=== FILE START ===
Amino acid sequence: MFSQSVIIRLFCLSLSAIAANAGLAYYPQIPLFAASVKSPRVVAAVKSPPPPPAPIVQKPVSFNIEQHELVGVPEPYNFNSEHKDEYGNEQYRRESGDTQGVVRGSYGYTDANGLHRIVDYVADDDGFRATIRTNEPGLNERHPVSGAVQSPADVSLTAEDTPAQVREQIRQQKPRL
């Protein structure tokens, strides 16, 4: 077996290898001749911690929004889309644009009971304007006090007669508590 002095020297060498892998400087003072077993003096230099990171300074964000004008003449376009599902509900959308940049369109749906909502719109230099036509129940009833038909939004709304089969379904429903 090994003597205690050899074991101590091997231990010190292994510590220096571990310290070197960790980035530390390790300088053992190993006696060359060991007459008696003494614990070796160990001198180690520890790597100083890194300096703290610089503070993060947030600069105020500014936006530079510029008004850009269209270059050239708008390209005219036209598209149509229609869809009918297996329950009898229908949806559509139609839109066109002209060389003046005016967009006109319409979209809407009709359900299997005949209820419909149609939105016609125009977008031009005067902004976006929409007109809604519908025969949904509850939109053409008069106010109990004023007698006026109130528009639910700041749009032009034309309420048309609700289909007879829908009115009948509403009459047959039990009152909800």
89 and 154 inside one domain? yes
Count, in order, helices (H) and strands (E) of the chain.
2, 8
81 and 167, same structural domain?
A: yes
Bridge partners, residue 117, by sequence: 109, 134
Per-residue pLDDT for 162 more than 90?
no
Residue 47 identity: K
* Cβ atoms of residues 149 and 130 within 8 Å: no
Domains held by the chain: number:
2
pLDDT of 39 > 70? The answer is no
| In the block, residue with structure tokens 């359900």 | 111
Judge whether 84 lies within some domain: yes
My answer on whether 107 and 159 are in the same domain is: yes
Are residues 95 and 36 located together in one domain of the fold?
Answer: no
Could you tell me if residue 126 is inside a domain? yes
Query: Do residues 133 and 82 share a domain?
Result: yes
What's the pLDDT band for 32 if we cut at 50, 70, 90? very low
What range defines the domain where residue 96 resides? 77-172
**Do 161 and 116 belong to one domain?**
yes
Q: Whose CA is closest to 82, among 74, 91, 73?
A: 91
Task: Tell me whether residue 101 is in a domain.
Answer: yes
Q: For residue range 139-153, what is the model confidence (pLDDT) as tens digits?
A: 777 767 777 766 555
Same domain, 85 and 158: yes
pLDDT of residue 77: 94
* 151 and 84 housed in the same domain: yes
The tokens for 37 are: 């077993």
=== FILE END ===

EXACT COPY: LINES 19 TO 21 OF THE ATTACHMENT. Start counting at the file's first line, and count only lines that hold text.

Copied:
Are residues 95 and 36 located together in one domain of the fold?
Answer: no
Could you tell me if residue 126 is inside a domain? yes